In a sarcastic response, Judge McCormick shot back that attorneys inside Madison Square Garden’s venues might do “something as horrific as watch a play, a sporting event, order a hot dog or use the bathrooms, these sorts of threatening acts.”

TikTok’s Secret ‘Heating’ Button Can Make Anyone Go Viral

Forbes reported:

For years, TikTok has described its powerful For You Page as a personalized feed ranked by an algorithm that predicts your interests based on your behavior in the app.

But that’s not the full story, according to six current and former employees of TikTok and its parent company, ByteDance, and internal documents and communications reviewed by Forbes. These sources reveal that in addition to letting the algorithm decide what goes viral, staff at TikTok and ByteDance also secretly hand-pick specific videos and supercharge their distribution, using a practice known internally as “heating.”

Sources told Forbes that TikTok has often used heating to court influencers and brands, enticing them into partnerships by inflating their videos’ view count. This suggests that heating has potentially benefitted some influencers and brands — those with whom TikTok has sought business relationships — at the expense of others with whom it has not.

There is a fraught history of tech platforms using their discretion to increase specific posts’ reach. Human curation has helped platforms create safe experiences for children and keep misinformation in check, but it has also led to claims that companies use curation to impose their own political preferences on users.

Are Your Own Devices Inadvertently Spying on You?

Fox News reported:

Is it “Big Brother” or your phone that you should worry about? The constant assault on privacy seems unavoidable in this digital age. When you think of being spied on, it’s easy to think of the devices shared in “How to find out who’s spying on you.”

Yet as you educate yourself against some obvious culprits invading your privacy, it might be hard to imagine that one of the most invasive entities is a product you use daily: your smartphone, computer or tablet.

Part of the appeal of such an intelligent device is that the phone and the apps it hosts collect information on your preferences and behaviors to anticipate your needs and make your life easier. However, a slew of apps does not need access to certain functions of your device or data to perform as needed.

While manufacturers have made strides to help people identify when their cameras and microphones are being used, it is up to you to take the extra step to safeguard yourself. iPhones have indicators at the top right corner that notifies you with a green dot when the camera is being used and an orange dot when the microphone is being used.

Plane Wastewater Study Shows How COVID Travel Restrictions Failed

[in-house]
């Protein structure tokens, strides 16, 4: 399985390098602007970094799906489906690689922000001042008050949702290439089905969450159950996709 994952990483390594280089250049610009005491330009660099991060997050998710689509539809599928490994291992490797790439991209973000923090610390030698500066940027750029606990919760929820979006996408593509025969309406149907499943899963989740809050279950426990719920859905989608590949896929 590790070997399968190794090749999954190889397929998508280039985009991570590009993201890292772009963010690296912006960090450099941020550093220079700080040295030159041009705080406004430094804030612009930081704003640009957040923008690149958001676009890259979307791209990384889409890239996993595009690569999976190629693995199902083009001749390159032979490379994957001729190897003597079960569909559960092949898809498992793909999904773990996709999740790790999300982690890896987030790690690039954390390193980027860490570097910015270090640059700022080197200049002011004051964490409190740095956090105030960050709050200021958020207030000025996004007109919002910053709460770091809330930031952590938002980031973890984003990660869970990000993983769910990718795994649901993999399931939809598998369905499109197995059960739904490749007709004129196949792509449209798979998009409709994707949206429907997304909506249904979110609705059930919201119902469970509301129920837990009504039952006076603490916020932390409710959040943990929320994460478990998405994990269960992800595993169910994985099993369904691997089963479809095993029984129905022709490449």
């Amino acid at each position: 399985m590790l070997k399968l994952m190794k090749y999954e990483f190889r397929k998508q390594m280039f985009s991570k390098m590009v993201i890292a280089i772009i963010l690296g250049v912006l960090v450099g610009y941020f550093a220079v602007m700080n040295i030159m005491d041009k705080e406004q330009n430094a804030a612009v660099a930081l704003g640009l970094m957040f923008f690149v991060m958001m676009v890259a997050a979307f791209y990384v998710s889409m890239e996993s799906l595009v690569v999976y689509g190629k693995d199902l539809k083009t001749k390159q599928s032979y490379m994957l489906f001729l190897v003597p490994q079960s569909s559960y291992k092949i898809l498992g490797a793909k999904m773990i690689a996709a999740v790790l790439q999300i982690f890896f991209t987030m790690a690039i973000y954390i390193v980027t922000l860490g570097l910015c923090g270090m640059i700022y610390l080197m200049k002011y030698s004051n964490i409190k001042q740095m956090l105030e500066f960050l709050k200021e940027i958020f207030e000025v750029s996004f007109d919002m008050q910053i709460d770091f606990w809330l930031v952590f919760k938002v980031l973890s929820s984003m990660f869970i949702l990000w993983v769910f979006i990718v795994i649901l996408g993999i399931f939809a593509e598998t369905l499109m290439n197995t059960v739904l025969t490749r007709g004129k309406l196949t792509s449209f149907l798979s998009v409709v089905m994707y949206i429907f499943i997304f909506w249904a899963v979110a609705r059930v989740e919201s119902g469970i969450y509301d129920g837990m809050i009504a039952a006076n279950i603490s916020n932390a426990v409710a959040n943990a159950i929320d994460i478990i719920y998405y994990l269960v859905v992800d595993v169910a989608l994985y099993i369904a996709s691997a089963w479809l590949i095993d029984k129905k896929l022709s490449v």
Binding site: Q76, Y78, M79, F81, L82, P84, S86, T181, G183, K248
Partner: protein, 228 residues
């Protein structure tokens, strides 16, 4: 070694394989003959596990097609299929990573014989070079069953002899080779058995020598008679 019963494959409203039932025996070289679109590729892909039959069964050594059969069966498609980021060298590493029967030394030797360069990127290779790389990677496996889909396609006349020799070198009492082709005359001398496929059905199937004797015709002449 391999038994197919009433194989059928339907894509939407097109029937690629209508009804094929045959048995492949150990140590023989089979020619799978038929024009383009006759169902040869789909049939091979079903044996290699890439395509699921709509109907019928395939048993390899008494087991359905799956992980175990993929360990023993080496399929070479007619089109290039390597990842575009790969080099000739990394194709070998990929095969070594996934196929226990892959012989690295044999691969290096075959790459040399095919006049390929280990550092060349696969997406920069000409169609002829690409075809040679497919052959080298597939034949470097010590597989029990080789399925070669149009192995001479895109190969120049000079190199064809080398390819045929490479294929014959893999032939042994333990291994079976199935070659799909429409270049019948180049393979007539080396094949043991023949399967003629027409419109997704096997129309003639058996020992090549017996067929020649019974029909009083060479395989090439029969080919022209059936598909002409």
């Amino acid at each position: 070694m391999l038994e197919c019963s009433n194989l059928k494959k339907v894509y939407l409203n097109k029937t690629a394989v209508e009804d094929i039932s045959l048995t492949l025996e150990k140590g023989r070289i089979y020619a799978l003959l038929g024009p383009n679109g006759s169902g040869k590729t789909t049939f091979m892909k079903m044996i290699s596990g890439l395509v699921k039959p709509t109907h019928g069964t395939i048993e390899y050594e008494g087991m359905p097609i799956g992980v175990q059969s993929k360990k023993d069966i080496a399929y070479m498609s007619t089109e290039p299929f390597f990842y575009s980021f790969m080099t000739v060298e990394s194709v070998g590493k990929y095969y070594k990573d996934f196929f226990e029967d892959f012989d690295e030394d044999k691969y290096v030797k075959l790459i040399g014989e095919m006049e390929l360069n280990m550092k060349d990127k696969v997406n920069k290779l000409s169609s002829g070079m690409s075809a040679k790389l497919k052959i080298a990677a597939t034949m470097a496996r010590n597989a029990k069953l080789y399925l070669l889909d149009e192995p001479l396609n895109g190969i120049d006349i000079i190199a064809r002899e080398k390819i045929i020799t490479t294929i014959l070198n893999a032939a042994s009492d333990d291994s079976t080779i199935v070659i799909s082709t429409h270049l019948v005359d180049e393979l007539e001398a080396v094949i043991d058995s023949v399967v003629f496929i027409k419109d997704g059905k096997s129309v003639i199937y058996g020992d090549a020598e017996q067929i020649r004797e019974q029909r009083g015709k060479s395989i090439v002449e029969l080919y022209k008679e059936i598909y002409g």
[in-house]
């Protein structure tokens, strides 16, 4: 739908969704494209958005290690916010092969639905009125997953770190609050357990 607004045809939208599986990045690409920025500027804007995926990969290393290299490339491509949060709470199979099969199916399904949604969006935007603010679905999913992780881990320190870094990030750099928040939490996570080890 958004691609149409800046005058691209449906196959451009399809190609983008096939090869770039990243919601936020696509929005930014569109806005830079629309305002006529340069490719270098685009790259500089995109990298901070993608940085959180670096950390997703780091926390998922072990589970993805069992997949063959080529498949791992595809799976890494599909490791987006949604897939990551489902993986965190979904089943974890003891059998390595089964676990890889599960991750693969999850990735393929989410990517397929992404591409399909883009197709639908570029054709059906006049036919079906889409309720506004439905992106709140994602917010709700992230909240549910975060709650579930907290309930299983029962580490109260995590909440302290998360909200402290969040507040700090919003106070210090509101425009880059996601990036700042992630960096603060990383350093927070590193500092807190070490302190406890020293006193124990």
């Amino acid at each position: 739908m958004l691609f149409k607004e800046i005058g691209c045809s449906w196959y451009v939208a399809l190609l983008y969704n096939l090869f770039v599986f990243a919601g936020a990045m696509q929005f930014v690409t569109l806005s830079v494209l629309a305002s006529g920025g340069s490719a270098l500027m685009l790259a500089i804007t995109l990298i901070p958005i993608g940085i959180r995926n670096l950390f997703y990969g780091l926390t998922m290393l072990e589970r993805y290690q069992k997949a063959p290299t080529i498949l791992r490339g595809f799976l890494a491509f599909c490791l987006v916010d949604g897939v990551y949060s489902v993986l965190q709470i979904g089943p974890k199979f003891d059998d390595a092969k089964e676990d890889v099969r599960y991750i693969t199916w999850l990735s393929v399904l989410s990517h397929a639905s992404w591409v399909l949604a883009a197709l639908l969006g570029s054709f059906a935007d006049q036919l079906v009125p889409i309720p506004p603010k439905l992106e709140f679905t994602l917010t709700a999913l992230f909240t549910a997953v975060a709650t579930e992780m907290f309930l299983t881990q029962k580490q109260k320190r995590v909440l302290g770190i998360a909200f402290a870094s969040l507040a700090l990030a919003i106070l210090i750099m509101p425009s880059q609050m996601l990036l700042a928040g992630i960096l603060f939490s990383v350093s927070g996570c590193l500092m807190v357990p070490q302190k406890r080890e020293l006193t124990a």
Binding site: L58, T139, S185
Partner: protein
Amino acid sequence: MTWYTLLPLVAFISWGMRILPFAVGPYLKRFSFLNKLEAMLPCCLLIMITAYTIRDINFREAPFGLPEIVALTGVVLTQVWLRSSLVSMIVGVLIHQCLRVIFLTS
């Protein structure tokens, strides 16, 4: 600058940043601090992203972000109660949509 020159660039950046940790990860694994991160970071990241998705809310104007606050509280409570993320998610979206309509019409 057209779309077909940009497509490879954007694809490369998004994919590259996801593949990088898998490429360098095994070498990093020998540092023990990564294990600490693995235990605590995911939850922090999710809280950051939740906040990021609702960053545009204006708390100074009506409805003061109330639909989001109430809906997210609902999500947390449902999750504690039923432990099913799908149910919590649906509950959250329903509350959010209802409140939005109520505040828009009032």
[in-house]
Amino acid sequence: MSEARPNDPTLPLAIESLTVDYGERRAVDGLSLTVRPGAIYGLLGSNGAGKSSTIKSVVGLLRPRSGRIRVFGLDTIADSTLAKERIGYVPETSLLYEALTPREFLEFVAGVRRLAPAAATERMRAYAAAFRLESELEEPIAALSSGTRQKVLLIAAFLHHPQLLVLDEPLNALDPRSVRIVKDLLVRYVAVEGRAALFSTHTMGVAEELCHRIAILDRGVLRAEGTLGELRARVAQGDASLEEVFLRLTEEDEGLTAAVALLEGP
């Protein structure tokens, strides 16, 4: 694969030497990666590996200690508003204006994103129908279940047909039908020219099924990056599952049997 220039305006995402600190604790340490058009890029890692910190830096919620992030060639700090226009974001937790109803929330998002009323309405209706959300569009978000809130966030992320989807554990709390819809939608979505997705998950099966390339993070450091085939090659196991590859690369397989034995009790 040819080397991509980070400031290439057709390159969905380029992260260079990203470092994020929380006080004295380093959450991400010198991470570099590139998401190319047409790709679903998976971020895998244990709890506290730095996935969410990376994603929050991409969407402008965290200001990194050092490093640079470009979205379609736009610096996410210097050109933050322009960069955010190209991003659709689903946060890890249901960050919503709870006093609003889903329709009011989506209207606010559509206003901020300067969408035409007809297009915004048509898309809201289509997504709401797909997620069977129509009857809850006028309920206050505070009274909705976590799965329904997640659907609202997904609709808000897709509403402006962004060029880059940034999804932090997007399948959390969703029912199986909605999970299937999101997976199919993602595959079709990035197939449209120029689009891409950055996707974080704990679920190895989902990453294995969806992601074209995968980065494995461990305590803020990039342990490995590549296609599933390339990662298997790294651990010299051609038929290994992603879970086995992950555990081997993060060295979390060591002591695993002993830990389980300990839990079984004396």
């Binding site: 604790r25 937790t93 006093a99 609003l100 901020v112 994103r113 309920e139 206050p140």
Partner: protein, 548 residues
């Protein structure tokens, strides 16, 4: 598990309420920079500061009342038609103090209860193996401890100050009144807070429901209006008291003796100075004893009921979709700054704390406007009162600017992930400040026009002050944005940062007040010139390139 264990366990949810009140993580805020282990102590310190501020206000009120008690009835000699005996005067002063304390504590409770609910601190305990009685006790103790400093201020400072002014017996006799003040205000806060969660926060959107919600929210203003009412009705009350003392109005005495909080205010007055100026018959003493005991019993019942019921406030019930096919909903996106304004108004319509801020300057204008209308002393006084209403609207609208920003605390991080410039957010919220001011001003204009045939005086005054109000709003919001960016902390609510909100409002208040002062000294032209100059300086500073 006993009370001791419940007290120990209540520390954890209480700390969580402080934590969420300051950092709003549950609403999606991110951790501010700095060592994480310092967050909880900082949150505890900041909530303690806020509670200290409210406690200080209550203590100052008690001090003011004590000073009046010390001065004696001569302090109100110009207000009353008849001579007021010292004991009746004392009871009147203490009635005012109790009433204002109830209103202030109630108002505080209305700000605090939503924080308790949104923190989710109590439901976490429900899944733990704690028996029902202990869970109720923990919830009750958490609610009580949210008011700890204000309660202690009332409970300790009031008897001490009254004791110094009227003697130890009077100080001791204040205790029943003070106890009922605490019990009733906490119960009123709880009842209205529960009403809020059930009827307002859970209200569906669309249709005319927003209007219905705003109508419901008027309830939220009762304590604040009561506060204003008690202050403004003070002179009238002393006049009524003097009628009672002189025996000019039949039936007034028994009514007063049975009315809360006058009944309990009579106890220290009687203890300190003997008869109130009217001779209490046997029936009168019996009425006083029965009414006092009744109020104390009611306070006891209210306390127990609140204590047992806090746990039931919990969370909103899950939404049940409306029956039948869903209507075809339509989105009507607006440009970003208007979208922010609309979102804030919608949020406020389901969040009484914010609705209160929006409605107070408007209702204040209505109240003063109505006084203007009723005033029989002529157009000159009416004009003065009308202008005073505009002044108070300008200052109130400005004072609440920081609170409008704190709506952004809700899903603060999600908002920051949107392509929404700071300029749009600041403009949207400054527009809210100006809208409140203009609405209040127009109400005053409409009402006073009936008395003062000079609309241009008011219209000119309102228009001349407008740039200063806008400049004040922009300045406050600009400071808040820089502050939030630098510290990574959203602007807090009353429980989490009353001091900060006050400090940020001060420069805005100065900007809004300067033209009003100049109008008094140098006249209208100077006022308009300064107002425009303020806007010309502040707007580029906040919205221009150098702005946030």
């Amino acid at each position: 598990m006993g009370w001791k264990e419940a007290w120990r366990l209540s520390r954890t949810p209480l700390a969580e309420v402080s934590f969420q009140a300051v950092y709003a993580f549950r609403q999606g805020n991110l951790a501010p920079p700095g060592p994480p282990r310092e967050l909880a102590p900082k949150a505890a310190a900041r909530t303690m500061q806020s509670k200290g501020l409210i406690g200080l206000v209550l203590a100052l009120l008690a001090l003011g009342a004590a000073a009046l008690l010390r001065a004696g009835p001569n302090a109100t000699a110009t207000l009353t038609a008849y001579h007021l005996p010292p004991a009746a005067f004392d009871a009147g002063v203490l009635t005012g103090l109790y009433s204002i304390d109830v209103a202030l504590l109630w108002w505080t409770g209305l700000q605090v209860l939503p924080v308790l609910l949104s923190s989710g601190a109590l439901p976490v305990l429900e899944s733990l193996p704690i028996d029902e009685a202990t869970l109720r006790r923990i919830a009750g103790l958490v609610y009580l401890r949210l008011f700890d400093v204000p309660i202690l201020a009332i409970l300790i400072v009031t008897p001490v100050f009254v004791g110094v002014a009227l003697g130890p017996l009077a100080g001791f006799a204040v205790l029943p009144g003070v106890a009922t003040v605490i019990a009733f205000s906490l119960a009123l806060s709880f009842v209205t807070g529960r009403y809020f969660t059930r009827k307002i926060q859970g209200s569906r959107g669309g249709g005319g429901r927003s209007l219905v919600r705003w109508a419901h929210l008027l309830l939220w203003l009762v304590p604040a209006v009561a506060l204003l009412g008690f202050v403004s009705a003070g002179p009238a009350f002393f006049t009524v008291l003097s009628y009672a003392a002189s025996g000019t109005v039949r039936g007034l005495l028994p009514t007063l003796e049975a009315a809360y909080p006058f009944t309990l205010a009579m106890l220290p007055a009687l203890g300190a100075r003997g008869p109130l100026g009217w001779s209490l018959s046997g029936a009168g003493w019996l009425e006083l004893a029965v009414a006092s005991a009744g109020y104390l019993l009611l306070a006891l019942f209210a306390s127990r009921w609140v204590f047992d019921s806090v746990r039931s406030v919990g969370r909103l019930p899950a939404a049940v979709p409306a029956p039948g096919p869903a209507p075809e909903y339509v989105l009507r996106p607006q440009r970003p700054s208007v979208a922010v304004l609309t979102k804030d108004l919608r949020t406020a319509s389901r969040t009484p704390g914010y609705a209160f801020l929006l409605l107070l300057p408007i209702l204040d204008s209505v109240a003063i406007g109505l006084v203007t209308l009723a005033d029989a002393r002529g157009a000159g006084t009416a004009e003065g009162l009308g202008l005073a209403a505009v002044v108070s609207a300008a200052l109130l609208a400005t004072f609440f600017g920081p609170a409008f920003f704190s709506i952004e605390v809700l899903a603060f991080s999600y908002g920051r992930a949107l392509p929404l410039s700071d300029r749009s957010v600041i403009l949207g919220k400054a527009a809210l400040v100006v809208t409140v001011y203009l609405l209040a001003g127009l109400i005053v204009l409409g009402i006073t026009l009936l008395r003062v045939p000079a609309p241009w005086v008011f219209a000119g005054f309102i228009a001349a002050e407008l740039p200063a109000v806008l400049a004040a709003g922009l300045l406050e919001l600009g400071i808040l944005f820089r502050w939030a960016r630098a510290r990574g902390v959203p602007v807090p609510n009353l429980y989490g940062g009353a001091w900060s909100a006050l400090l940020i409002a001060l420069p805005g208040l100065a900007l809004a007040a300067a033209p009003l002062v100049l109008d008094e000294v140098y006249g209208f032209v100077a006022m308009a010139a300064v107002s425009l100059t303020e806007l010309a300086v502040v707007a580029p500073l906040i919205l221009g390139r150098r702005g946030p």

U.S. News & World Report reported:

Wastewater research isn’t for the squeamish, but it can get to the bottom of questions about such things as the effectiveness of COVID-19 air travel restrictions.

Tests of toilet tank water from flights entering the United Kingdom helped Welsh scientists determine that steps meant to keep the virus from traveling among countries appear to have failed.

For their study, the researchers tested the toilet tank water taken from long- and short-haul flights entering Britain at three airports — Heathrow, Edinburgh and Bristol — between March 8 and March 31, 2022. During those three weeks, almost all planes had SARS-CoV-2 in their wastewater samples. The virus was also found in wastewater at arrival terminals.

During the study period, on March 18, 2022, a requirement that unvaccinated passengers get tested for COVID before departure and two days after arrival was lifted. Researchers saw little difference in the wastewater before and after that date.

Japan to Lower COVID to Flu Status, Further Easing Rules

Associated Press reported:

Japanese Prime Minister Fumio Kishida on Friday announced plans to downgrade the legal status of COVID-19 to the equivalent of seasonal influenza in the spring, a move that would further relax mask-wearing and other preventive measures as the country seeks to return to normalcy.

Kishida said he has instructed experts and government officials to discuss the details of lowering COVID-19′s status. A change would also remove self-isolation rules and other anti-virus requirements and allow COVID-19 patients to seek treatment at any hospital instead of only specialized facilities.

In Japan, COVID-19 is currently categorized as a Class 2 disease, along with SARS and tuberculosis, and is subject to restricting movements of patients and their close contacts, while allowing central and local governments to issue emergency measures. Downgrading it to Class 5 would mean scrapping those rules.